Chukseoam Hermitage – 축서암 (Yangsan, Gyeongsangnam-do)


A look at the hermitage courtyard at Chukseoam Hermitage with the Chiseosan Mountains towering above.

Hello Again Everyone!!

Chukseoam Hermitage is one of nineteen hermitages directly associated with the famed Tongdosa Temple in Yangsan, Gyeongsangnam-do.

You first approach Chukseoam Hermitage down some country back roads. Finally, the road will start climbing, when you finally arrive at the outskirts of the hermitage. The hermitage is spread out over two courtyards. The lower courtyard wasn’t all that well maintained. The lower courtyard houses the monks’ dorms.

Walking through the staircase that divides the lower courtyard residences, you’ll arrive in the upper courtyard, where all of the significant buildings at the hermitage reside. To the left is an older looking building that acts as the residence for the monks. And to the right is the hermitage kitchen and visitors’ centre. Straight ahead is a rather non-descript main hall. The exterior is unadorned. All that adorns this bare exterior are the earthen dancheong colour tones that adorn all temples and hermitages in Korea. Inside, you’ll see a rather sparsely decorated main hall. On the main altar sits a unique triad of statues with Seokgamoni-bul (The Historical Buddha) in the centre. The reason I say unique is that the statues seem to be rather squat in appearance and cube-like in the face. On the far left wall is the smaller sized guardian mural.

To the left rear of the main hall is the Samseong-gak shaman shrine hall. The shaman shrine hall is unadorned on the exterior, but it’s backed by a beautiful pine tree forest and the heights of Mt. Chiseosan. Inside the shrine hall, as you walk upon the rickety floor boards, you’ll see a set of gorgeous shaman deities. Unfortunately, the paintings are covered by glass, which takes away from getting a good picture of them; however, Sanshin (The Mountain Spirit), Dokseong (The Lonely Saint), and Chilseong (The Seven Stars) are beautifully rendered.

HOW TO GET THERE: Chukseoam Hermitage is tricky to find. With your back to the main gate at Tongdosa Temple, head straight for about 200 metres. Turn left at the first major road. This road will head straight, beside the Tongdosa Temple parking lot, for about 300 metres. As the road forks, head left around a curved road for about 200 metres. You’ll then see a handful of taller apartments. Head straight once more for about 400 metres with Tondo-Fantasia (an amusement park) to your right. Again, you’ll come to a fork in the road at a farmer’s field. Take the road that heads left. Follow this road for about a kilometer. During this one kilometer hike, you’ll be able to see signs that guide your way. Follow these signs until you arrive at the hermitage behind a few larger sized houses.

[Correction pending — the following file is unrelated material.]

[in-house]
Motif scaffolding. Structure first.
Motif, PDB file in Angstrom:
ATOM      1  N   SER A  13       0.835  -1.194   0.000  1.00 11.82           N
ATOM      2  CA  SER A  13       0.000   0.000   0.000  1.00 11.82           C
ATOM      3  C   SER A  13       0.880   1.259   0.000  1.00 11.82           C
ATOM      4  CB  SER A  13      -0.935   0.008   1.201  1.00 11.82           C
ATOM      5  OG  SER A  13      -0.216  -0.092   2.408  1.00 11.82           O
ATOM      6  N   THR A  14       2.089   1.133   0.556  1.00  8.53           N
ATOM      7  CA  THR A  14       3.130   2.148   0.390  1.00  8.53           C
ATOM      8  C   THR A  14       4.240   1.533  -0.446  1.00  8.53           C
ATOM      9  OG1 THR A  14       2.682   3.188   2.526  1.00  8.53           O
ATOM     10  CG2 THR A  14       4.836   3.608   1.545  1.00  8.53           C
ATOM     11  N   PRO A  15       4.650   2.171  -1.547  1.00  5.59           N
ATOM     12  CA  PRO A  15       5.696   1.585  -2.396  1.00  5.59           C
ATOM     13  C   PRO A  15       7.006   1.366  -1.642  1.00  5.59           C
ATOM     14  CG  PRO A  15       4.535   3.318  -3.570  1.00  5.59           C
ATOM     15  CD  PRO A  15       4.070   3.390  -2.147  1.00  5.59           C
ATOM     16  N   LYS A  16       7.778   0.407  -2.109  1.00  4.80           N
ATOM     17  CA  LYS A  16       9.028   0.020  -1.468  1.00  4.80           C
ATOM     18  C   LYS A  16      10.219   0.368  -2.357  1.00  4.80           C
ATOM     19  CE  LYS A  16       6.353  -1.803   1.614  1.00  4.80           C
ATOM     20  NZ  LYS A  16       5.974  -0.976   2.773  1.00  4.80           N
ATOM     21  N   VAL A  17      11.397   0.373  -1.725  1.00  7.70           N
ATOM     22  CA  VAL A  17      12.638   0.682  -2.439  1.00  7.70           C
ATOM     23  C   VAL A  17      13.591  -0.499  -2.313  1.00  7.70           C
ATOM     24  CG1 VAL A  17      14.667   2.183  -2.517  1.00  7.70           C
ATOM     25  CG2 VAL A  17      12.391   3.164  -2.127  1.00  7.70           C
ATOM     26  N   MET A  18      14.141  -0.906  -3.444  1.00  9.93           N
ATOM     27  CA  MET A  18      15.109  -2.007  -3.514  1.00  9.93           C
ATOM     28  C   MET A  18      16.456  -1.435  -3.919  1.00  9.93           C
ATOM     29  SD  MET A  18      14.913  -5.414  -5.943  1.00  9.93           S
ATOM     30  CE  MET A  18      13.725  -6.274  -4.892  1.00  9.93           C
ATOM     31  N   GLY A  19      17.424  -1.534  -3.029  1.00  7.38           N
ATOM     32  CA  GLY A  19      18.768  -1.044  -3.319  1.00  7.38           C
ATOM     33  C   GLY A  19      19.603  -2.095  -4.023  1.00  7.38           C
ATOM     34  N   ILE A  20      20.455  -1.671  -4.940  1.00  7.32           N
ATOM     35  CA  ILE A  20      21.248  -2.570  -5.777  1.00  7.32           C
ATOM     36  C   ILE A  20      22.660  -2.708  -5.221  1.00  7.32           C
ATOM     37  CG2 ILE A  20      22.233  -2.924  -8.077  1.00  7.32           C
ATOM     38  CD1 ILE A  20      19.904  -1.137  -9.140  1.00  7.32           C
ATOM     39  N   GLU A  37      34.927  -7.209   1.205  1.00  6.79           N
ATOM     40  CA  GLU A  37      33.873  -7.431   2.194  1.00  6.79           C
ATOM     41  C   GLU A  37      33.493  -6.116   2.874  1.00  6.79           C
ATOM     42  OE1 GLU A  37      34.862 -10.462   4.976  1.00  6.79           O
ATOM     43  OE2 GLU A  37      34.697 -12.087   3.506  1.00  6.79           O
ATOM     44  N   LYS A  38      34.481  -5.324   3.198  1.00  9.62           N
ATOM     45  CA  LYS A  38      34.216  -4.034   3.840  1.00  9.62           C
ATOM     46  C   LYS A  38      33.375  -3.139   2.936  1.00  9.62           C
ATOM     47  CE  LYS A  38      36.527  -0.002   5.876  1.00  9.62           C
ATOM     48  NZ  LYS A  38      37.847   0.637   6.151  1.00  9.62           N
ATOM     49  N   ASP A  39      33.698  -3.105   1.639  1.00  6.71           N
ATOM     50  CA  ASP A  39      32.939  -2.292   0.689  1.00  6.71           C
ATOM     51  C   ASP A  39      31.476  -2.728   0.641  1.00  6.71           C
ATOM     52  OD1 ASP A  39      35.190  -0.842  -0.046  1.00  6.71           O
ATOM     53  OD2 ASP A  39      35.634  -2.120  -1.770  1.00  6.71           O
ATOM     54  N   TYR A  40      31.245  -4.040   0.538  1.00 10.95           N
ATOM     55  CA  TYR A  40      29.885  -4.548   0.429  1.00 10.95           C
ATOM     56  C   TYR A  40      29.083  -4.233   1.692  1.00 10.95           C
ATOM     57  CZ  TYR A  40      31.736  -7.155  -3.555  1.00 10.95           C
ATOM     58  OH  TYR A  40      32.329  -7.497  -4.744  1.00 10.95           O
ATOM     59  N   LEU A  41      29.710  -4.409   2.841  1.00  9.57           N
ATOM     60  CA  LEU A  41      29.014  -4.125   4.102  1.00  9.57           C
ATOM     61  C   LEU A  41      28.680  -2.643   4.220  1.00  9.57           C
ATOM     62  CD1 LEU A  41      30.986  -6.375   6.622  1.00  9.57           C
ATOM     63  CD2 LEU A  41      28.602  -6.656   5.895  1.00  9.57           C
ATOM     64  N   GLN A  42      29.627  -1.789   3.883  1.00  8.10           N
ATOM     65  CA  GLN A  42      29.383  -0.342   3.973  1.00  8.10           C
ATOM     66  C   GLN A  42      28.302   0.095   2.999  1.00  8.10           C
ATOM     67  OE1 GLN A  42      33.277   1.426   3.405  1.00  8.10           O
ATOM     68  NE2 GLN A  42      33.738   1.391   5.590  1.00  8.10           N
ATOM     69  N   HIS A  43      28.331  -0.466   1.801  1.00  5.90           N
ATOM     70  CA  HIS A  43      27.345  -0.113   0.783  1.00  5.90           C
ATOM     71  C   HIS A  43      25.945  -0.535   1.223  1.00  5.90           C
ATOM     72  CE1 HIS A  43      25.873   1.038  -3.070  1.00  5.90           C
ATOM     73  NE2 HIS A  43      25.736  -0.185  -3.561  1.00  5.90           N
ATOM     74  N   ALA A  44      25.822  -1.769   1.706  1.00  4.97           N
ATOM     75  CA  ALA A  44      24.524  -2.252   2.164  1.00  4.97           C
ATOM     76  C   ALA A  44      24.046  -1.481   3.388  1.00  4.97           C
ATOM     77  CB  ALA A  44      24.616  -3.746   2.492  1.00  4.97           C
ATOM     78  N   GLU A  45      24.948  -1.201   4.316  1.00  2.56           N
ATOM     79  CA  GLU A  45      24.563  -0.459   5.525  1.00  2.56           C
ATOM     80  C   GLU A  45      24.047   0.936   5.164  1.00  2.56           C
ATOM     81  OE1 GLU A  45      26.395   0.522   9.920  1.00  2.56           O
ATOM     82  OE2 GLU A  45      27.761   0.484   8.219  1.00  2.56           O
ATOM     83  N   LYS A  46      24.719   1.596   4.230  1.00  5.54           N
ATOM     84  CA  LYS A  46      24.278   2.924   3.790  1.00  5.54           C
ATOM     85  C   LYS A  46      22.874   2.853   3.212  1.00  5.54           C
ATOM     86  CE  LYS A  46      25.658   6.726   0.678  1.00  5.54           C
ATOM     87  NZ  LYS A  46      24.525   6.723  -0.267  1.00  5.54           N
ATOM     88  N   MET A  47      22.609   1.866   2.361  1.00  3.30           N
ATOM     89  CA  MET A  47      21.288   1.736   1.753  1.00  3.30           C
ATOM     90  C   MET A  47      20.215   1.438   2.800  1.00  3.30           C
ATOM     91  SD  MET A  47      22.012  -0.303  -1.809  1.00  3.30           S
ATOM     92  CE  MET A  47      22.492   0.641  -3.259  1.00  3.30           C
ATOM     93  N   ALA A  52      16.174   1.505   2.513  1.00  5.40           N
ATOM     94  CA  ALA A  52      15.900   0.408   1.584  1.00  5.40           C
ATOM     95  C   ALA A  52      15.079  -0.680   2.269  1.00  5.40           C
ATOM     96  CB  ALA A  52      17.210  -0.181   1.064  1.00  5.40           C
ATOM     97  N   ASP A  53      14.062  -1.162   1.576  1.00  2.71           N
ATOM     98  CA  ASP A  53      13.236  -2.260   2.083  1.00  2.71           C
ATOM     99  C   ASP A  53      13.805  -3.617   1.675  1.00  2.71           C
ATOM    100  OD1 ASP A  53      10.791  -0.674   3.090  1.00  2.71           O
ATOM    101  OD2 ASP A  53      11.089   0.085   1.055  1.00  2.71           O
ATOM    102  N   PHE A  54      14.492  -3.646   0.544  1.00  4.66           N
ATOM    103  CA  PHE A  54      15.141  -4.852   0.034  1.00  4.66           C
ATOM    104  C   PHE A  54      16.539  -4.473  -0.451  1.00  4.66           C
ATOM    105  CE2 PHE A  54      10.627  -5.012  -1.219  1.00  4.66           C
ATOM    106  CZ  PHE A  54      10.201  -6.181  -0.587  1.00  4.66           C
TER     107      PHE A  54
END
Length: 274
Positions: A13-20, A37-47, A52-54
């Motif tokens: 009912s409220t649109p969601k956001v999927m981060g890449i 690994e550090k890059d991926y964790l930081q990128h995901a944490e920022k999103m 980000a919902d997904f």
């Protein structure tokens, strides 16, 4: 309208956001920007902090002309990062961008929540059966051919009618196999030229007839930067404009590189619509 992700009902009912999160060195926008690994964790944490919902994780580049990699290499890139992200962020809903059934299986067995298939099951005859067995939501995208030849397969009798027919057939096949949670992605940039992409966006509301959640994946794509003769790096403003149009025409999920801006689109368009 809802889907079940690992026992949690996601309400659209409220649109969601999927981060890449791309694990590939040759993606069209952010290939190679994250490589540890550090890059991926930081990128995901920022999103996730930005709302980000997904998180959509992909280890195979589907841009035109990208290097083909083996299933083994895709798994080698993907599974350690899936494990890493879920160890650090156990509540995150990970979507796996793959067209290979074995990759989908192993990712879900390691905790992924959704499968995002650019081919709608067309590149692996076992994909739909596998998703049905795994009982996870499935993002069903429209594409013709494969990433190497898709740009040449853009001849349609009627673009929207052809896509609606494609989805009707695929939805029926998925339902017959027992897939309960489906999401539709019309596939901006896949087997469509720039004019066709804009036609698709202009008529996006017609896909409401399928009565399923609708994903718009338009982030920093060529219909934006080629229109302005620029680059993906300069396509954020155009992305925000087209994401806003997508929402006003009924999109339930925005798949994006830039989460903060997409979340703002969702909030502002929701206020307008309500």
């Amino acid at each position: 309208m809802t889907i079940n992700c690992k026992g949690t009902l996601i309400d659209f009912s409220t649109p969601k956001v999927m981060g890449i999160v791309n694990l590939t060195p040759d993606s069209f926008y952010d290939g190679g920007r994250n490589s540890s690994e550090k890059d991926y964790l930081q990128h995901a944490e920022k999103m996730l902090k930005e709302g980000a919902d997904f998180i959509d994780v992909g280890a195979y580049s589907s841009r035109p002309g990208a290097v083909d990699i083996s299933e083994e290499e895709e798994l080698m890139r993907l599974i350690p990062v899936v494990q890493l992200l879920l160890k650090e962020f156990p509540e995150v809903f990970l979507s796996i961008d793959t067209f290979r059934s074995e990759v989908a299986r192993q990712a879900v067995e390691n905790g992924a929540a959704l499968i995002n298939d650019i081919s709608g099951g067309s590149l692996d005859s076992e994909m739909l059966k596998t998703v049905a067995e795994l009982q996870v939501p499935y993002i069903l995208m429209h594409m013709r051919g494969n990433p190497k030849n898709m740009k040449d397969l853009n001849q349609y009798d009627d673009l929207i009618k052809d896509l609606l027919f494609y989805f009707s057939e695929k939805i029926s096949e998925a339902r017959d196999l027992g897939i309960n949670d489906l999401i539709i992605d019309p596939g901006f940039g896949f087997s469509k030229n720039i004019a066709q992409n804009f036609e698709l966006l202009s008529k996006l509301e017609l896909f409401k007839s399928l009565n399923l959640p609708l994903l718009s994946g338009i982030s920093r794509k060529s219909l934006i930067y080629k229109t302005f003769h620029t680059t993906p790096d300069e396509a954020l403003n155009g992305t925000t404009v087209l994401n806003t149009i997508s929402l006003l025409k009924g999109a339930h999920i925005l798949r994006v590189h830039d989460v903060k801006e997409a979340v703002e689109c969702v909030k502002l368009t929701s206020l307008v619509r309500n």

OVERALL RATING: 3/10. Chukseoam Hermitage certainly won’t blow you away. Much like Sudoam Hermitage, also associated with Tongdosa Temple, there is very little to see at the hermitage; however, with that being said, there are a couple of things that are unique to Chukseoam Hermitage. One is the gorgeous vista of the Mt. Chiseosan range behind the Samseong-gak shaman shrine hall, as well as the intertwining pine tree forest. Also, the gorgeous paintings of the shaman deities inside the Samseong-gak shaman shrine hall certainly are the handful of highlights at the hermitage. But unless you have an easy way to get to Chukseoam Hermitage, the trip may not be worth it.


The entrance that leads up to the hermitage courtyard.


A look at a couple of the halls at Chukseoam Hermitage and the surrounding beauty.


The compact main hall at Chukseoam Hermitage.


A look inside the compact main hall.


Both the main hall and Samseong-gak together.


A better look at the beautifully located Samseong-gak.


The beautifully manicured grounds that surround the shaman shrine hall.


The modern Sanshin mural inside the Samseong-gak.


A look up at the peak of Mt. Chiseosan.


The view from the Samseong-gak.

Wongaksa Temple – 원각사 (Yangsan, Gyeongsangnam-do)


The central altar statue of Amita-bul (The Buddha of the Western Paradise) inside the main hall at Wongaksa Temple in Yangsan Gyeongsangnam-do.

Hello Again Everyone!!!

Wongaksa Temple is situated at the base of Mt. Cheonseongsan in Yangsan, Gyeongsangnam-do down a nearly deserted country road. When you first approach the temple, the first thing to greet you is a yellow sign with the Korean word “원각사” and an arrow pointing towards the temple grounds. Up the temple driveway is the visitors’ centre with the dorms and kitchen to the right.

To the left of this initial cluster of buildings are the temple halls. Next to the visitors’ centre is a stone statue and alcove that houses a standing statue of Yaksayore-bul (The Medicine Buddha). This statue is backed by a bit of a fading picture of lotus flowers. Around this outdoor altar are smaller statues of Buddhas and Bodhisattvas.

Further left, and next to the outdoor altar centred by Yaksayore-bul, is the Samseong-gak shaman shrine hall dedicated to three shaman deities. This temple hall appears to the right rear of the main hall. Inside the shrine hall are three beautiful renderings of Sanshin (The Mountain Spirit), Dokseong (The Lonely Saint), and Chilseong (The Seven Stars).